Segregated America

Using data from the 2010 U.S. Census, <em>Salon</em> lists out 10 urban areas where race segregation is most prevalent.
April 2, 2011, 5am PDT | Nate Berg
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The list includes Los Angeles, Philadelphia and Cincinnati, and is based on metropolitan areas of 500,000 people or more.

"Segregation itself, the decennial census report indicates, is only decreasing slowly, although the dividing lines are shifting as middle-income blacks, Latinos and Asians move to once all-white suburbs -- whereupon whites often move away, turning older suburbs into new, if less distressed, ghettos.

We may think of segregation as a matter of ancient Southern history: lunch counter sit-ins, bus boycotts and Ku Klux Klan terrorism. But as the census numbers remind us, Northern cities have long had higher rates of segregation than in the South, where strict Jim Crow laws kept blacks closer to whites, but separate from them. Where you live has a big impact on the education you receive, the safety on your streets, and the social networks you can leverage."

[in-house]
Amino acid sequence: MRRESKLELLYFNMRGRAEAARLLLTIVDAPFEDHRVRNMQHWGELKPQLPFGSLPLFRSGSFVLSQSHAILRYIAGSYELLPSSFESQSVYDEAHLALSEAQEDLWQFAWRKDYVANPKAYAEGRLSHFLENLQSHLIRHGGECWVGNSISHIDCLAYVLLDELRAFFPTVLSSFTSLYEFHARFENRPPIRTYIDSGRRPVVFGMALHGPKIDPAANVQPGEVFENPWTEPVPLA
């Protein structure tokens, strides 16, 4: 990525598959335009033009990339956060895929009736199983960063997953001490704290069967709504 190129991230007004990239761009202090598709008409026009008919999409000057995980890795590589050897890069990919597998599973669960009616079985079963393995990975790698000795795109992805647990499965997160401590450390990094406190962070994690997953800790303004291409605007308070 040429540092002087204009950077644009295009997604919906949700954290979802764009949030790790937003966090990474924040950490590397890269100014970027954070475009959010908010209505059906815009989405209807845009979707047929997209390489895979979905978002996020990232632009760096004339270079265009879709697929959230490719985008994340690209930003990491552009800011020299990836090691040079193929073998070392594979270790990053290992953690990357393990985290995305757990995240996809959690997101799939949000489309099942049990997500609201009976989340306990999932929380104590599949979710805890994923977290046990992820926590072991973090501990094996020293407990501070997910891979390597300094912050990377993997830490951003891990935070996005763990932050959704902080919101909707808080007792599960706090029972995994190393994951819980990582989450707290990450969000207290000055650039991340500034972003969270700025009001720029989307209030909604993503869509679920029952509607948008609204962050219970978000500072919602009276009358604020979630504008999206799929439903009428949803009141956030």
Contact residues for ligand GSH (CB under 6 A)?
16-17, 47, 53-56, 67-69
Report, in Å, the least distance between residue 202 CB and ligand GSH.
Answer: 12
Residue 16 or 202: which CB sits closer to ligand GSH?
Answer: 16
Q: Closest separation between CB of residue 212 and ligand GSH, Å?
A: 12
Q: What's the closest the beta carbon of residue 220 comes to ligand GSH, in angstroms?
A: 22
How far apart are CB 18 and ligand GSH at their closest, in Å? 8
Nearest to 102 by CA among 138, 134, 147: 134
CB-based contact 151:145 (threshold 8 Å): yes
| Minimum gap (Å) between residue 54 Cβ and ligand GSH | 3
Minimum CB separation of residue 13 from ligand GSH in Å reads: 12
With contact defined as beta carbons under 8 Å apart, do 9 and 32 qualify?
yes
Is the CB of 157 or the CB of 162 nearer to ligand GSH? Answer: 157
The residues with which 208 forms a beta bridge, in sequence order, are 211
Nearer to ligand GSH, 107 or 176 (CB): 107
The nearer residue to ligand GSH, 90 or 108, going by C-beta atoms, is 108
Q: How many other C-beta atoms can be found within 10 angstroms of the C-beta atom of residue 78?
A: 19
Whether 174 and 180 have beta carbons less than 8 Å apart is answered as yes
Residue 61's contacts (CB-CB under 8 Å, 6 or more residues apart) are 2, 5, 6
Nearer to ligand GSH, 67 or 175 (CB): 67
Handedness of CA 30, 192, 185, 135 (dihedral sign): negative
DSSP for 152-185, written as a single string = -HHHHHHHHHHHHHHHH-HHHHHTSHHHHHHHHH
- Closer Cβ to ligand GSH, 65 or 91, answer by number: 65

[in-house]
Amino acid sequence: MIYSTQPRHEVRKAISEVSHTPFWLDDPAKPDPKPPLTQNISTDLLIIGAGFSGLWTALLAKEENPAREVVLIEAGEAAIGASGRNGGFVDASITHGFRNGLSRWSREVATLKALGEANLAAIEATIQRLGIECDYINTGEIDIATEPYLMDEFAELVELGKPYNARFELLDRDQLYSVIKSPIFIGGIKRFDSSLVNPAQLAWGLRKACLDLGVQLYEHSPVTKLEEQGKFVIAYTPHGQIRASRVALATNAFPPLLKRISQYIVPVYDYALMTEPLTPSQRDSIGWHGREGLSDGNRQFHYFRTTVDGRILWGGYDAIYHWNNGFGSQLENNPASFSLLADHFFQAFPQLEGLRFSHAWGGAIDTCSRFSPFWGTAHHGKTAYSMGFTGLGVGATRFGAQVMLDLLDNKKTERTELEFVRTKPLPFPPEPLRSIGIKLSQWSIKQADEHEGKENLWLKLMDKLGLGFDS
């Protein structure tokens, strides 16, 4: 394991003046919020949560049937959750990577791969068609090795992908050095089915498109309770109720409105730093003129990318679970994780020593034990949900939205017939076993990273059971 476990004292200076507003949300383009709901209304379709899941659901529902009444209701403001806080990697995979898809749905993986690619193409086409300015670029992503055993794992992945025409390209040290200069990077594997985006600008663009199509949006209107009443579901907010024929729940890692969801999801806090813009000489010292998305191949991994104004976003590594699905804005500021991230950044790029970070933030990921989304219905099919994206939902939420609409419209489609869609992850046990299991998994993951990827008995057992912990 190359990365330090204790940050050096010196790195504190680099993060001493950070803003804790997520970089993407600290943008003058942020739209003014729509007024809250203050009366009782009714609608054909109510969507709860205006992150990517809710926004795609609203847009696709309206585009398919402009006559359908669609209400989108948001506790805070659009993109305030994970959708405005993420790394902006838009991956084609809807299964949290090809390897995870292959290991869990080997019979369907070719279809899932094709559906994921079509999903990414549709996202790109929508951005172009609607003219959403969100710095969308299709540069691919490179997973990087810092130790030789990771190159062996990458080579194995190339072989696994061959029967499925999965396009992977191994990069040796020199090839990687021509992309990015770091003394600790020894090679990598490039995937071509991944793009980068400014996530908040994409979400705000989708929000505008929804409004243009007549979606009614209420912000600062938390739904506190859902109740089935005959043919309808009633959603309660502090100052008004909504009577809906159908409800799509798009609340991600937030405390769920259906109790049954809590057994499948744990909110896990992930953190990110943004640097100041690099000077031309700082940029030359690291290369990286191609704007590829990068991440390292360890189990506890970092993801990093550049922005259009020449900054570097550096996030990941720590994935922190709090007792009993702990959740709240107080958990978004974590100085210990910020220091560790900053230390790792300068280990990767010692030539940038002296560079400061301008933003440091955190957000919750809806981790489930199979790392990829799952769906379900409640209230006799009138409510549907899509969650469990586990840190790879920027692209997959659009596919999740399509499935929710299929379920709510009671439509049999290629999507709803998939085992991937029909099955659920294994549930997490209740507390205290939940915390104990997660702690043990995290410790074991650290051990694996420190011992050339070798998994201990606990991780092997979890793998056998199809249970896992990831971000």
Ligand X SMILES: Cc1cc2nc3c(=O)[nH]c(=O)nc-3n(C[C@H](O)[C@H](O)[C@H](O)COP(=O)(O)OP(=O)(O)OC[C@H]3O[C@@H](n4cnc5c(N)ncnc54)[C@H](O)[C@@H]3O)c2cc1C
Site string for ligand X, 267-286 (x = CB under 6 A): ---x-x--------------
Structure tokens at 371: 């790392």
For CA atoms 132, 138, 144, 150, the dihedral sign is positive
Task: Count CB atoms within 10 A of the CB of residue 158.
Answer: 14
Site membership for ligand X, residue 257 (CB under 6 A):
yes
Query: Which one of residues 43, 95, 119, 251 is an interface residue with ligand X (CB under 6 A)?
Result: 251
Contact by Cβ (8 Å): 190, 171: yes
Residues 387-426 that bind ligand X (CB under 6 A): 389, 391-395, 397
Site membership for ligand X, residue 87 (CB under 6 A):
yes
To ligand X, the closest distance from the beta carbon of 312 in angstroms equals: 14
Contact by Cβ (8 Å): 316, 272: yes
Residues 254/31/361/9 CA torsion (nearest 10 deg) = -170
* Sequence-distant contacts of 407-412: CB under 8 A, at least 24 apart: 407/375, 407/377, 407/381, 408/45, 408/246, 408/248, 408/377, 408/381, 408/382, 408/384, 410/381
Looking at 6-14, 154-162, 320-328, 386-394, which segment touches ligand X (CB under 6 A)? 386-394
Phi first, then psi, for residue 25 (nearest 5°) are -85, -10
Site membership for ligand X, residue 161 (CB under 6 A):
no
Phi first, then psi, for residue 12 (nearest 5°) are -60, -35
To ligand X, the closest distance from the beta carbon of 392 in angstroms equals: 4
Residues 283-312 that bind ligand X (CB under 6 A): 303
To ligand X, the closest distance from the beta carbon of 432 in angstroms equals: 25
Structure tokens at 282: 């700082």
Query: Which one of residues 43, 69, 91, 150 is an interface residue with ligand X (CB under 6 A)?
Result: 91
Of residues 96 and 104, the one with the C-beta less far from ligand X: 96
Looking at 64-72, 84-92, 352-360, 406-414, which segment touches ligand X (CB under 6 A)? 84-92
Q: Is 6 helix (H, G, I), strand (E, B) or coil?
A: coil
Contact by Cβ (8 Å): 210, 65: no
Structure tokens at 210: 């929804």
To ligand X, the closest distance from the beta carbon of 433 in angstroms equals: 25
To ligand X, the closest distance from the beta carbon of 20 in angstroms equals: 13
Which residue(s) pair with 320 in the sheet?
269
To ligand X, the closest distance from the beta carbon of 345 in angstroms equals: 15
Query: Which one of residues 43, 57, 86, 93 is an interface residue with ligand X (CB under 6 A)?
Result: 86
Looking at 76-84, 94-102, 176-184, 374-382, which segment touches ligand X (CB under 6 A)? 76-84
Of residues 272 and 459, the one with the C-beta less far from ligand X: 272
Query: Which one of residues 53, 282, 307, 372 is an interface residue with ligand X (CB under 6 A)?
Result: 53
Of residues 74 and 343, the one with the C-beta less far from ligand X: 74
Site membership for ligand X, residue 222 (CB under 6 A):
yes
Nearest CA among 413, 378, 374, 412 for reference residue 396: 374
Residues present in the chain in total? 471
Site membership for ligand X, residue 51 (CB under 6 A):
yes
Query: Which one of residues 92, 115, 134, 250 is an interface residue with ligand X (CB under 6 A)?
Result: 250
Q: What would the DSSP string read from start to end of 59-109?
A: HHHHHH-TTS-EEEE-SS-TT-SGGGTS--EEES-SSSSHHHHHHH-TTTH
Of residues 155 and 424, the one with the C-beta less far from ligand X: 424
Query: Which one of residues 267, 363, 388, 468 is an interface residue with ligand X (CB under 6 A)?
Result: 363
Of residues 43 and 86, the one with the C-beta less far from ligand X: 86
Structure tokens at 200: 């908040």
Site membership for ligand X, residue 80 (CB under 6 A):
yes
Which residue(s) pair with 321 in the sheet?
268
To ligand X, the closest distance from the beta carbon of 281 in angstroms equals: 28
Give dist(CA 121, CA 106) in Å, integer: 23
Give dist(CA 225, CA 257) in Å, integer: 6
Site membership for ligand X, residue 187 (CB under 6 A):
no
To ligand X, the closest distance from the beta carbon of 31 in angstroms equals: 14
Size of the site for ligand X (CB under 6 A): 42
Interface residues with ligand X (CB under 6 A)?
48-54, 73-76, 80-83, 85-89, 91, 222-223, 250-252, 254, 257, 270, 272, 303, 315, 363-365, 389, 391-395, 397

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Published on Tuesday, March 29, 2011 in Salon
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